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Sunday, December 9 , 2018, 9:54 pm | Fair 52º

 
 
 
 
Advice

Santa Barbara Spurns Effort to Modify Property Sale Zoning Information Reports

City Council votes to keep real estate transaction-related reports mandatory, despite calls from agents and county Grand Jury to make them voluntary

The City of Santa Barbara has no interest in making zoning information reports voluntary, despite a request from the Santa Barbara County Civil Grand Jury and the longtime advocacy of local real estate agents.

Dozens of real estate agents on Tuesday called on the City Council to make the reports — performed by city staff at a cost of $465 each — voluntary and informational rather than mandatory during a home transaction.

Sellers are required to apply for a zoning information report no later than five days after entering an agreement for sale. If the report reveals violations, the problems must be fixed, often jeopardizing the sale of the house close to escrow.

Some real estate agents said the reports are often riddled with errors and performed by zoning staff members, not building officials who have expertise in the area.

City officials, however, believe the reports are essential to identifying illegal add-ons and remodels that may pose health and safety issues or adversely affect neighborhood culture and quality of life.

“This is the time to fix illegal alterations and add-ons that are dangerous,”​ Councilwoman Cathy Murillo said. “It is a time to catch safety violations.

“Zoning information reports are an important part of the process. I have always said that.”

In May, the grand jury issued a report requesting that the reports be voluntary and be used for informational purposes only, fueling emotions among many in the real estate community.

The City Council plans to send a letter to the grand jury explaining that it is working to improve the city’s zoning information report process, but it won’t make the reports voluntary.

According to city officials, about 45 ZIRs are prepared each month by staff and only about four of them have discrepancies.

If a zoning report reveals violations, such as an illegal dwelling unit, an illegal conversion to habitable space, or additions that cause health and safety risks, it’s up to the seller to fix the problem. The situation casts a shadow of doubt over the buyer’s enthusiasm for the deal, real estate agents say.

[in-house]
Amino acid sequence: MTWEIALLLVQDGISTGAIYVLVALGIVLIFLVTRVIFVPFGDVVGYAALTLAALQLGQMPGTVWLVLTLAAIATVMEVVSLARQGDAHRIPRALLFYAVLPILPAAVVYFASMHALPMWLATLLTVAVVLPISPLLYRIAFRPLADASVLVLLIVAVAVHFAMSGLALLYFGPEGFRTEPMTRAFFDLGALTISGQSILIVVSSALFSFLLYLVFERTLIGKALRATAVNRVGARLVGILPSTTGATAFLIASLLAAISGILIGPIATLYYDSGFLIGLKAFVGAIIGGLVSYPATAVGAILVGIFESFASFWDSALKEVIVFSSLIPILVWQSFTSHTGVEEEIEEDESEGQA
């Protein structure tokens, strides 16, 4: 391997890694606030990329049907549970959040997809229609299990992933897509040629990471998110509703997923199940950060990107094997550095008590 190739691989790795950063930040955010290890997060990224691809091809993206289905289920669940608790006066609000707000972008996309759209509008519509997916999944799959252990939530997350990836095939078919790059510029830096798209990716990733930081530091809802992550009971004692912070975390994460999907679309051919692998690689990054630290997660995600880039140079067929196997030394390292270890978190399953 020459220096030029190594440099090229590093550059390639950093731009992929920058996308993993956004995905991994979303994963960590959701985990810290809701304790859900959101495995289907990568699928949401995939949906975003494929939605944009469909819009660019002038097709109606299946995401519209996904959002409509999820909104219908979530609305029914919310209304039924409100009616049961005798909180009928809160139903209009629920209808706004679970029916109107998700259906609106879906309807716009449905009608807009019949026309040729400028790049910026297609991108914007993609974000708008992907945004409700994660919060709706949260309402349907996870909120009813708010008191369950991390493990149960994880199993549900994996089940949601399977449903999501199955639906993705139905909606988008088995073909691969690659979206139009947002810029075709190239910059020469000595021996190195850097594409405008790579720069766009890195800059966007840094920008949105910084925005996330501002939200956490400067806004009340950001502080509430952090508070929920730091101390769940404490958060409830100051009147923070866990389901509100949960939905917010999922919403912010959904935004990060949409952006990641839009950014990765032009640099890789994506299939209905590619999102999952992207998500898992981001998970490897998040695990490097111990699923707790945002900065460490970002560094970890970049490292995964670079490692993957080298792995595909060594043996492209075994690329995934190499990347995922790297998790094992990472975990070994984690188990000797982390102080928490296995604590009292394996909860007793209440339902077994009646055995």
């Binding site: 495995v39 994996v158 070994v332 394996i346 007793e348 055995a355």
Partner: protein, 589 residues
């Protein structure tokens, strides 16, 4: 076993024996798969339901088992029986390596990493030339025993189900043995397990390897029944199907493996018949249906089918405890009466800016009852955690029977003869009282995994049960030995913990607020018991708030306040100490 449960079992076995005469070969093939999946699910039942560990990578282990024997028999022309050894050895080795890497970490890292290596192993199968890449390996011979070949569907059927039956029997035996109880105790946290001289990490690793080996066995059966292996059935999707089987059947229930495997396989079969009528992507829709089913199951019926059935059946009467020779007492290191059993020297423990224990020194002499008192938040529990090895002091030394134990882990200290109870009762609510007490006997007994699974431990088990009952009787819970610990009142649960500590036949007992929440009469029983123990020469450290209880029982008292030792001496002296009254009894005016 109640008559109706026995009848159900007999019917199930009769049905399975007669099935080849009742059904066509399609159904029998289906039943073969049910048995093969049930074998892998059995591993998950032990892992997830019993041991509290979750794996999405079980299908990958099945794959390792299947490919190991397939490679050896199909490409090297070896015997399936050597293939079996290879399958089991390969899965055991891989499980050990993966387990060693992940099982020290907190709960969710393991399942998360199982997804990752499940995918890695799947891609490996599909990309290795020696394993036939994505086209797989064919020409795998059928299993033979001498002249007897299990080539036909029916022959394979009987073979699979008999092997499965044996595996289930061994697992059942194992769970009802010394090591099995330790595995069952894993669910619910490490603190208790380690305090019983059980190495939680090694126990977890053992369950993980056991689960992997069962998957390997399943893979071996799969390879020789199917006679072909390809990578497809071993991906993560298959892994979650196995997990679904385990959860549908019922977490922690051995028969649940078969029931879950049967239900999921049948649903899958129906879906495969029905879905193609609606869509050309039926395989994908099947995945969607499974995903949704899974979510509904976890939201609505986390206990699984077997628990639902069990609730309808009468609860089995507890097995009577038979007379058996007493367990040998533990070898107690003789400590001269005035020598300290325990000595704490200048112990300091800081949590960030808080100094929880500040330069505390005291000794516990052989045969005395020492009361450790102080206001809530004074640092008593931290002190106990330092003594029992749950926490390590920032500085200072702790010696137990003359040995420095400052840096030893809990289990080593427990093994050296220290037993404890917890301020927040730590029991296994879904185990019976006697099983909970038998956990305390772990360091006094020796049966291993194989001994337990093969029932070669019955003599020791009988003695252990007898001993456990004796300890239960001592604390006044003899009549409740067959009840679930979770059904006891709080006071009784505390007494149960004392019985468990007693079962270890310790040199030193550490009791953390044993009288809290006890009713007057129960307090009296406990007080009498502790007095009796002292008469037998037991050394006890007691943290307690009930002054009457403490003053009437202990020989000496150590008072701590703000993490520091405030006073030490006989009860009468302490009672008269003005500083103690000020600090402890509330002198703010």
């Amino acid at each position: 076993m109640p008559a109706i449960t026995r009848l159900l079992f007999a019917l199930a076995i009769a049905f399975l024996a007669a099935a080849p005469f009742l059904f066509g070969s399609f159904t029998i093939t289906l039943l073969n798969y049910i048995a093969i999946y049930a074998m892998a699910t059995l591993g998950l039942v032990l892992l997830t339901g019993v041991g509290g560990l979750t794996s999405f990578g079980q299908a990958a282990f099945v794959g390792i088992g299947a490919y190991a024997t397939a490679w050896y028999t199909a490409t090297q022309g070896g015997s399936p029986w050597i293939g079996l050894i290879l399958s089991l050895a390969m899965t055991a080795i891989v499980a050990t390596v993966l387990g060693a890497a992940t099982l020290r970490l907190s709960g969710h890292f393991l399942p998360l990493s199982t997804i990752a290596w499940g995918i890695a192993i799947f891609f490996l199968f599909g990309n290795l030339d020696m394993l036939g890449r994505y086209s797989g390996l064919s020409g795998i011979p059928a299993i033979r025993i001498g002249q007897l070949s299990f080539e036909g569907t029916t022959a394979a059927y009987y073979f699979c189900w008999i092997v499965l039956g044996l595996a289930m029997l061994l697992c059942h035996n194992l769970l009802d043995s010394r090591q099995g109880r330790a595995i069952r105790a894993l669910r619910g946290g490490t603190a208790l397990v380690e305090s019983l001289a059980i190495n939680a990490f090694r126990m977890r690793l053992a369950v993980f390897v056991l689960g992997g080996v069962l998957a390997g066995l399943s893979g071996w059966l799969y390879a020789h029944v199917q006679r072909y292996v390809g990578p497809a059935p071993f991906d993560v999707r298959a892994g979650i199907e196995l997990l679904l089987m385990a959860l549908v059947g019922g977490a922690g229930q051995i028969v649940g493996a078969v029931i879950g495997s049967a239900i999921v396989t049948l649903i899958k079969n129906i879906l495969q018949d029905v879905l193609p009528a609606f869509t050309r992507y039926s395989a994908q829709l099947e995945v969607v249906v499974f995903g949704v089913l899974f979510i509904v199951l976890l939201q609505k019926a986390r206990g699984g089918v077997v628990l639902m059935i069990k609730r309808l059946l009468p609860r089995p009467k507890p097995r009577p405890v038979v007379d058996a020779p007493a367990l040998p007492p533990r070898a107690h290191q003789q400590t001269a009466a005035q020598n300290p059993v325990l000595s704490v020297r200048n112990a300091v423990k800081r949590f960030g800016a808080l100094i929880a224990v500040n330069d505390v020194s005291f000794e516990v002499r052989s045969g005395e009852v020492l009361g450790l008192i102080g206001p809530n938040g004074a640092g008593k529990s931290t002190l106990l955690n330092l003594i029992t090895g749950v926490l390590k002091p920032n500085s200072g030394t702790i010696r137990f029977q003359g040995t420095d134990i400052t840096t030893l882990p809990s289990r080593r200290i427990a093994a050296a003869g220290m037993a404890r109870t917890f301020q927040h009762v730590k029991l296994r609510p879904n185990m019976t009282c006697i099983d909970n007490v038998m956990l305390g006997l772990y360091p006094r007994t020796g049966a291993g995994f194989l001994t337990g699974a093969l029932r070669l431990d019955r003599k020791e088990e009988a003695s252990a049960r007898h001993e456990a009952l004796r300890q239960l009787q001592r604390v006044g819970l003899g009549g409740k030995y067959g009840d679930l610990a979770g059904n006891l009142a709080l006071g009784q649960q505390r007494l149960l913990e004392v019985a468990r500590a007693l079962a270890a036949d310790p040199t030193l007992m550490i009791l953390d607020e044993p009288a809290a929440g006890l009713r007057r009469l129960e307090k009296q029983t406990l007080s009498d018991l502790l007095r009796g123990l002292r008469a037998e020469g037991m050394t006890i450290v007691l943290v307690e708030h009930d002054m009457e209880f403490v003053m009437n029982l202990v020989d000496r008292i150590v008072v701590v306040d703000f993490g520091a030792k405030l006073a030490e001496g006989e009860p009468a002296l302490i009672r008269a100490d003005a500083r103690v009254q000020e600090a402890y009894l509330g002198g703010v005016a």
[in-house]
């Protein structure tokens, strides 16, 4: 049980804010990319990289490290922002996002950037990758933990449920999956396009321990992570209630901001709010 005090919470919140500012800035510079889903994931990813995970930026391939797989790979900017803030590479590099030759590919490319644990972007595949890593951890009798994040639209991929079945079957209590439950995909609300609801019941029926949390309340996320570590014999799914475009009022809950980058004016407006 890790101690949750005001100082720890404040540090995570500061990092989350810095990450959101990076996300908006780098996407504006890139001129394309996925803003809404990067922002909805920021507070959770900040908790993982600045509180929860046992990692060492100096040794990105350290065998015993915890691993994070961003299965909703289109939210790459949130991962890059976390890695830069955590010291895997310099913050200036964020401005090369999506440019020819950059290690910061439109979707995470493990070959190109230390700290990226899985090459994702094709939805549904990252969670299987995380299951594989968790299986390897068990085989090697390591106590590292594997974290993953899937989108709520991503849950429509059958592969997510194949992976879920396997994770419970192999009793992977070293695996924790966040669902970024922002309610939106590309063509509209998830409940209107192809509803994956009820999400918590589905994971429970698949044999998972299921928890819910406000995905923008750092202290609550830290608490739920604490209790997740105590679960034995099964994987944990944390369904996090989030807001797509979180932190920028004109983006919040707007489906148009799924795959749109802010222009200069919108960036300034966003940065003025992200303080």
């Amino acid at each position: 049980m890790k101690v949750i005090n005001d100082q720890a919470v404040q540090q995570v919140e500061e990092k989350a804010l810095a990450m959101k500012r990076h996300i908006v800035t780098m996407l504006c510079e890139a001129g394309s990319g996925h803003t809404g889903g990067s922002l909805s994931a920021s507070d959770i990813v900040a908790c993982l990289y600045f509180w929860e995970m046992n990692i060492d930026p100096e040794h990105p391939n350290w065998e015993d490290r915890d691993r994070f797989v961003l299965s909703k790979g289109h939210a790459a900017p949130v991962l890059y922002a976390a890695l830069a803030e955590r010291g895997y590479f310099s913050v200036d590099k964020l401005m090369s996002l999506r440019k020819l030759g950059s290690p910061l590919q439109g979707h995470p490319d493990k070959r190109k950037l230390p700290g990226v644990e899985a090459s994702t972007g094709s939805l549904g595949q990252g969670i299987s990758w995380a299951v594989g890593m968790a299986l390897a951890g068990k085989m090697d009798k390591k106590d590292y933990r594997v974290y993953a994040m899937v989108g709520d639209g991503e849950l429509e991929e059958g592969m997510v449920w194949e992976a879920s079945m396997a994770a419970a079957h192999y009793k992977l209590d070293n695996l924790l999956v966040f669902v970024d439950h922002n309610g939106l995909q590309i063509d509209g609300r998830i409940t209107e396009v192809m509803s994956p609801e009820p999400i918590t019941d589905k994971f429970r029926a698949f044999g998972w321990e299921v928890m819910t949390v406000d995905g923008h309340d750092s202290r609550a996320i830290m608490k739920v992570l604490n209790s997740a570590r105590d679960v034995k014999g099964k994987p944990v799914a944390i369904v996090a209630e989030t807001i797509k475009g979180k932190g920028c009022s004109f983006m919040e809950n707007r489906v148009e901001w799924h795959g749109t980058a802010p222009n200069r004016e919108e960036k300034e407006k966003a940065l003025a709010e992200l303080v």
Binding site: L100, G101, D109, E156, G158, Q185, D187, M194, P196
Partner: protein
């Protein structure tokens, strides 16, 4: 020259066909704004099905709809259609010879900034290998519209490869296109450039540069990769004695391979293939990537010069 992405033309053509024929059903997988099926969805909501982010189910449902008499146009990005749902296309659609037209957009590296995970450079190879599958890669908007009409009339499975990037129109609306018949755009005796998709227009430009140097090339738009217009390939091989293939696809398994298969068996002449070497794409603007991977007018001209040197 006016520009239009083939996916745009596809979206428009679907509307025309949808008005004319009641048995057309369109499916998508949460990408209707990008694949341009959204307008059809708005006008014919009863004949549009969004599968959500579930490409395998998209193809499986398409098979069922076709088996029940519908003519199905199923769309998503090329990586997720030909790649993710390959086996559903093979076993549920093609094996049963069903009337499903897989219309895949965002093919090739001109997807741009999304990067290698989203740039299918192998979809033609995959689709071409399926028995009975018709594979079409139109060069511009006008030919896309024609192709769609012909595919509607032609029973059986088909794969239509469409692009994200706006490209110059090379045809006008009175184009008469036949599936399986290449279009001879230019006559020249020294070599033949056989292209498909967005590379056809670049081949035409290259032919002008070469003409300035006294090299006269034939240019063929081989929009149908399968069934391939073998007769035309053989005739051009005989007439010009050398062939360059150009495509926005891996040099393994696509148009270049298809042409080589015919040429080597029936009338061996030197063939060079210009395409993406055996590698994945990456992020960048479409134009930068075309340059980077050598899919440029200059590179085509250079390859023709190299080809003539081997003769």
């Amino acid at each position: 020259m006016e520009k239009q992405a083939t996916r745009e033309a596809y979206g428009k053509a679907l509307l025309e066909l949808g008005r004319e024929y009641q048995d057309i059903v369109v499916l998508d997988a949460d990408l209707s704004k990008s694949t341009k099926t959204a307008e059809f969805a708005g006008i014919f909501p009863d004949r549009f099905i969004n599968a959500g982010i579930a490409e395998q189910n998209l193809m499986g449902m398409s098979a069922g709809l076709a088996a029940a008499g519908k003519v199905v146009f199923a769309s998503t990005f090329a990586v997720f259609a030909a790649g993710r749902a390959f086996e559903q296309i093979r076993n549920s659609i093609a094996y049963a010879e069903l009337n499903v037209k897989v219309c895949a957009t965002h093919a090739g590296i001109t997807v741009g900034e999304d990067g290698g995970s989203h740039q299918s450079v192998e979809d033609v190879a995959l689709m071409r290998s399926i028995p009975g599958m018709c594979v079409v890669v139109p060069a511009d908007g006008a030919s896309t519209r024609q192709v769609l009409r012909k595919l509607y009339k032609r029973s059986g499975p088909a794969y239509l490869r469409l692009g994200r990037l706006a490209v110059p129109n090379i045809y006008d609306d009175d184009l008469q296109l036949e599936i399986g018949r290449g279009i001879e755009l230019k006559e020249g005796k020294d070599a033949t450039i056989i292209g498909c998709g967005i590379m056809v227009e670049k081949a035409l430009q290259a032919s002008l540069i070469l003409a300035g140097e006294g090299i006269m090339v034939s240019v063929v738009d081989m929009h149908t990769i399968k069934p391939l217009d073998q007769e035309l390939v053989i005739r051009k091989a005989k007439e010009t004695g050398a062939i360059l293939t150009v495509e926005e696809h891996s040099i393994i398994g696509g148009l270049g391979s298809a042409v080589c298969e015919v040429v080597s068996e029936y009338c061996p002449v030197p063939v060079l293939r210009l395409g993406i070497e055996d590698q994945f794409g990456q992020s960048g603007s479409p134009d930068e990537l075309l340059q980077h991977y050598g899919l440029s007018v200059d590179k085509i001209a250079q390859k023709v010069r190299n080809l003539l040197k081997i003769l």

Agents contend that city zoning officials are not qualified to make determinations about what is safe and what isn’t, and often end up making mistakes in reports.

Reyne Stapelmann, president of the Santa Barbara Association of Realtors, said zoning officials are not qualified to identify problems with building and safety. She said building officials are finding errors that aren’t there.

“​ZIRs are not the best fix,” said Stapelmann, who, in her capacity as SBAOR president, writes a monthly real estate column for Noozhawk.

The grand jury and real estate agents also argued that city records are incomplete. For example, they say, the reports often assert that a carport was illegally added on or a garage was moved, and it’s up to the sellers to prove that they didn’t commit the alleged violation.

In one case, according to the grand jury, a homeowner was forced to dig up a 30-year-old photo of himself — taken in front of the garage when he was 6 — to prove that the original placement had not changed.

Homeowner Joan Russell Price criticized the ZIRs.

“I love this city,” she said. “I have lived here for 25 years. I am here because I am ashamed of what the ZIR process does in our community.”

Price said a ZIR revealed an incorrect violation, and “it was on me to prove that I had not done anything to my house.”

She said she was forced to force to produce property tax records that showed the original square footage of the house to prove she had not added anything to the house.

“Just because the city didn’t have in their records, it was my fault and was going to get ripped down,” Price said.

Community Development director George Buell said the city is working to correct many of the issues that the grand jury has noted.

“As long as you have people working on something, there is going to be a factor of human error,”​ he said. “To guarantee it would trail off to nonexistent is probably not realistic.

“It is our hope to see that there is increased accuracy and consistency in those reports.”

The city had already corrected many of the concerns raised by the grand jury. The City Council took up the issue in 2013 and a working group met several times in 2014. The city decided to create “major” and “minor” categories.

They also plan to create a zoning checklist for zoning inspectors to use and create a frequently asked questions sheet. 

Councilman Frank Hotchkiss, a Realtor, expressed mixed feelings about the ZIRs. He said he understands the criticisms, but he also knows Realtors who support ZIRs.

“For a buyer it’s one thing, for a seller it’s another,” he said.

“I am not sure we should throw the baby out with the bath water, even though I would sort of like to. It is more important to preserve our neighborhoods even though it is a pain for us.”

Noozhawk staff writer Joshua Molina can be reached at .(JavaScript must be enabled to view this email address). Follow Noozhawk on Twitter: @noozhawk, @NoozhawkNews and @NoozhawkBiz. Connect with Noozhawk on Facebook.

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